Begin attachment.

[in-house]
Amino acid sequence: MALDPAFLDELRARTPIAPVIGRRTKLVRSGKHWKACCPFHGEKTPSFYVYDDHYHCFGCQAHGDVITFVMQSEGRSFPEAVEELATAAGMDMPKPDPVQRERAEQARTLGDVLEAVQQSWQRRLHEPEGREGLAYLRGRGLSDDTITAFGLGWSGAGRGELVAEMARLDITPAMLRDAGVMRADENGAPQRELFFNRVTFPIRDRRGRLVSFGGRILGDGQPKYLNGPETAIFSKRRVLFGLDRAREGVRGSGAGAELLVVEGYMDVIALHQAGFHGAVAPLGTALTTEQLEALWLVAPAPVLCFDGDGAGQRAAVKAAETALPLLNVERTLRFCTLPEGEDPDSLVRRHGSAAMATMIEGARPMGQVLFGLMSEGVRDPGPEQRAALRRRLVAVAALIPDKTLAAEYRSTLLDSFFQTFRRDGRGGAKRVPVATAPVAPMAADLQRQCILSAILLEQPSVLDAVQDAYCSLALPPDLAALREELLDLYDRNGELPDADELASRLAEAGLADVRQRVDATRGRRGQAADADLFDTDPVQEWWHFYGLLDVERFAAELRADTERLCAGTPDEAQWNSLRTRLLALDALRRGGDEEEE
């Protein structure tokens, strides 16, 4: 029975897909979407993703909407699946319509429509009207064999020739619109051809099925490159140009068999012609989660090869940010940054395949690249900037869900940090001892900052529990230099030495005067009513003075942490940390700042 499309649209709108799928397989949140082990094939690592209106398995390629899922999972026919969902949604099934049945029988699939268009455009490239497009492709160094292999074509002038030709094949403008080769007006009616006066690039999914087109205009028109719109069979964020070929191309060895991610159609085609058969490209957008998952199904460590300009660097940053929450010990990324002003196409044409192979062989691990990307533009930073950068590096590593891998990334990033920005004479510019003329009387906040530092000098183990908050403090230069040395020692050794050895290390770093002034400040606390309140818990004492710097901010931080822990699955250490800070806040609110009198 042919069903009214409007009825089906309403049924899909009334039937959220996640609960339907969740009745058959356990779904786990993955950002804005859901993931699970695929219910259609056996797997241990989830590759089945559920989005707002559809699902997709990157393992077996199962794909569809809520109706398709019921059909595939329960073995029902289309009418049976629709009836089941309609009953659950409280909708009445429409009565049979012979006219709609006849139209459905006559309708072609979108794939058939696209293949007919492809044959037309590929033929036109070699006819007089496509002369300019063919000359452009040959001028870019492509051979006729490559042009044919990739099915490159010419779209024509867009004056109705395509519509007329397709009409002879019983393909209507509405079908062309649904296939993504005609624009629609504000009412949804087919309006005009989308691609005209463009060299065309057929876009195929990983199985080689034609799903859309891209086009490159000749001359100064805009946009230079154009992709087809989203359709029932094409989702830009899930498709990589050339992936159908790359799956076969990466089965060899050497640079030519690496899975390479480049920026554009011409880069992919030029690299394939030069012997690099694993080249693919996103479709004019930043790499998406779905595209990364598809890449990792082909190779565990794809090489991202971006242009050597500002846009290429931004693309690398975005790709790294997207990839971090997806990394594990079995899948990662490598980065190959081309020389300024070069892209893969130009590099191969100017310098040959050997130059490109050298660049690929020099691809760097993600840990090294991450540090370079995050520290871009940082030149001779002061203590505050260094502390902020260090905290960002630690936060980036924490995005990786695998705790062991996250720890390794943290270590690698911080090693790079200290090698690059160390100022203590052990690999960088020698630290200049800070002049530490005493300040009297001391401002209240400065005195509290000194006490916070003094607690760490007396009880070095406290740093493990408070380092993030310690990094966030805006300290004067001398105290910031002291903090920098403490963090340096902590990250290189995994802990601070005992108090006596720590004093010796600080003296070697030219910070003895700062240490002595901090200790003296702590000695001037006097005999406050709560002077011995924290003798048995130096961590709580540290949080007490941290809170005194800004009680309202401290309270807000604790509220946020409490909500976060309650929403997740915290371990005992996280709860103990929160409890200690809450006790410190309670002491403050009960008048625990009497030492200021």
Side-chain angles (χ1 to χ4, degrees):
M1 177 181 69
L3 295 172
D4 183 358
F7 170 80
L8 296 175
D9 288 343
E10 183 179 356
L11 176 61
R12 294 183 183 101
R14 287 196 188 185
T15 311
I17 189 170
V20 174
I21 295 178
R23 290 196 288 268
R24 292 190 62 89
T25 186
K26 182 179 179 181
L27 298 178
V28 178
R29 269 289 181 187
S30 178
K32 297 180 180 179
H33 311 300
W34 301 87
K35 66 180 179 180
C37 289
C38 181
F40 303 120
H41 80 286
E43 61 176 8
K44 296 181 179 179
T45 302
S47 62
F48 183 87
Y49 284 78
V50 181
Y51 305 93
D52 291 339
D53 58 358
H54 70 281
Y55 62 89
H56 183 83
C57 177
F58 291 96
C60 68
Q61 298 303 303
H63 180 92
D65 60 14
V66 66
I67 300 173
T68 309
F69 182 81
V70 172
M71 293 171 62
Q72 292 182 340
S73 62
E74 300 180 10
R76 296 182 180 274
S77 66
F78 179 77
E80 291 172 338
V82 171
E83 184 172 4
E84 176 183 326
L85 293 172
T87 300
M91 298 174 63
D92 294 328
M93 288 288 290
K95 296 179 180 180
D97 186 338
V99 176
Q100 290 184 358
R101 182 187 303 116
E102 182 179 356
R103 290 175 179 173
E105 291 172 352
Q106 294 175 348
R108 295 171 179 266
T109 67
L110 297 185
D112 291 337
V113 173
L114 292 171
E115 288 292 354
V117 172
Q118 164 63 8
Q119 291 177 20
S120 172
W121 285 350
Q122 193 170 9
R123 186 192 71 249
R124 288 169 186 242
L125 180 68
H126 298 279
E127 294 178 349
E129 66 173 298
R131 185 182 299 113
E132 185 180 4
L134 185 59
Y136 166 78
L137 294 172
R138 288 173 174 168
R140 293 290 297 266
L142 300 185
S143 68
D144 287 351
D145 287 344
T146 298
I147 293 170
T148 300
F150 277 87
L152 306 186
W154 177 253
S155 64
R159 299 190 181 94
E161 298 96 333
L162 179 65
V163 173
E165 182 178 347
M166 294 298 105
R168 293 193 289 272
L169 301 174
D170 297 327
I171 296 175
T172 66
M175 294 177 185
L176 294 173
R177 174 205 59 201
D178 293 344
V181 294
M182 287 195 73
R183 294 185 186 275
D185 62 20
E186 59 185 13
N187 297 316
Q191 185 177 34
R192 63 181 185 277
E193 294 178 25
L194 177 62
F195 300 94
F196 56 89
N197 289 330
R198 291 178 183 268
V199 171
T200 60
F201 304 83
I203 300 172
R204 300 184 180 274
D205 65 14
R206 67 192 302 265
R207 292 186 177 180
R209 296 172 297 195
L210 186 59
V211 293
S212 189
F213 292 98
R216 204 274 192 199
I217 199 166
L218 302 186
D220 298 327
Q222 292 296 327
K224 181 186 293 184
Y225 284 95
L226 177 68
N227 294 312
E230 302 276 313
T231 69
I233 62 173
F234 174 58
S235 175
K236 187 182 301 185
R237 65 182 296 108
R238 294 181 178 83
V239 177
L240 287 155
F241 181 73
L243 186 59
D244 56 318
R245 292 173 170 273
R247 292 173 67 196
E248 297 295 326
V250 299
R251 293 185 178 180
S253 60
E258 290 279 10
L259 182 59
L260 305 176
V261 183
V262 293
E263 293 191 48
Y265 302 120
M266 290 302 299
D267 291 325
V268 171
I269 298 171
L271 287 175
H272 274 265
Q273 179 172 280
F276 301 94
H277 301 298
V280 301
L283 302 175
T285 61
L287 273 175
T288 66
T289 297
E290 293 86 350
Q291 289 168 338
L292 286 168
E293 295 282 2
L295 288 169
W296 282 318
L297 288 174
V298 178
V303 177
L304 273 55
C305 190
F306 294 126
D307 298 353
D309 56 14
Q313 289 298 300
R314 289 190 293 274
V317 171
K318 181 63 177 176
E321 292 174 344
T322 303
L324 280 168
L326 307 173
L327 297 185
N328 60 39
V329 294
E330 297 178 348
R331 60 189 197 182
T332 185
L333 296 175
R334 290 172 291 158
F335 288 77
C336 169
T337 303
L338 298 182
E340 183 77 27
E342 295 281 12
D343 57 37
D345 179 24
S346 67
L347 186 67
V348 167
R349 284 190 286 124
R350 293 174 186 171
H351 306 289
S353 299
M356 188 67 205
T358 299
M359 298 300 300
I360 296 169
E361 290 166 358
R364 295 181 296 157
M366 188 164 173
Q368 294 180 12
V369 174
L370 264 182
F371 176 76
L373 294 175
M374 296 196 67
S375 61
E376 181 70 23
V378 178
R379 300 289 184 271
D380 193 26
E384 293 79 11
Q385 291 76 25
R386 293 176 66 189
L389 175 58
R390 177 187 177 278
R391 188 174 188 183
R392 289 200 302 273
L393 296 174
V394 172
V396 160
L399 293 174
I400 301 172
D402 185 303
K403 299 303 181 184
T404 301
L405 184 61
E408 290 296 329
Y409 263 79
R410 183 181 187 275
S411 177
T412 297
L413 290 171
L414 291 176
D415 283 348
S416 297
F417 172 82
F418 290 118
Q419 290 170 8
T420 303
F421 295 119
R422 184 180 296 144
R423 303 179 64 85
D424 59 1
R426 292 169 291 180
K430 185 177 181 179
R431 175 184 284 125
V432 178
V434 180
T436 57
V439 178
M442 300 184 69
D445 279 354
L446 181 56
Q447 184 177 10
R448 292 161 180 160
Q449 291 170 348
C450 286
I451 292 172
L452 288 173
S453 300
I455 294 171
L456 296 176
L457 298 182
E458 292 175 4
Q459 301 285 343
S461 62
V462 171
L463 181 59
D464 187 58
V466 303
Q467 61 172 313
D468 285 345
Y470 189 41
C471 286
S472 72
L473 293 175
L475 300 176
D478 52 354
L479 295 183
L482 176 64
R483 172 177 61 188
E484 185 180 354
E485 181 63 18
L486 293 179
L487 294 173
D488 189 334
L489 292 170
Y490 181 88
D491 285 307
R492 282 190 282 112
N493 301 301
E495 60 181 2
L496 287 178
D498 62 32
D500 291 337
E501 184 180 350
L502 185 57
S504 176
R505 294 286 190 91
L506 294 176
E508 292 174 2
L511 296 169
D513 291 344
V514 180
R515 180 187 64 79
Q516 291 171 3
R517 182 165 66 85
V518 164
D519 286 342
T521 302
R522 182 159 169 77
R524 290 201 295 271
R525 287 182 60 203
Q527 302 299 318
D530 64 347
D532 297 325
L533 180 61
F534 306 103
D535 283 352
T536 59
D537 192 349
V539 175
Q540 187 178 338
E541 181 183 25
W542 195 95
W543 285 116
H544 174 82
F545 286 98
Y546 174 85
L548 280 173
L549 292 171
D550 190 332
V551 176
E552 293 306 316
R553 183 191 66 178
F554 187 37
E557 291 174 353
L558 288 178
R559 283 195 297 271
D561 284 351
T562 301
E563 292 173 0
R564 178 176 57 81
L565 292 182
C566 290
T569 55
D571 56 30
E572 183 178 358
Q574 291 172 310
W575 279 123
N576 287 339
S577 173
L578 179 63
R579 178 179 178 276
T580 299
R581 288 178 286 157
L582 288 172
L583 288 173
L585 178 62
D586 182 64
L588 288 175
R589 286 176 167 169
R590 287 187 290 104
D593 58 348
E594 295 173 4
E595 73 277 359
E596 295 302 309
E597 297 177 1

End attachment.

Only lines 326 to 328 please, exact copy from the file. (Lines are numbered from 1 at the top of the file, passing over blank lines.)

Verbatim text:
I455 294 171
L456 296 176
L457 298 182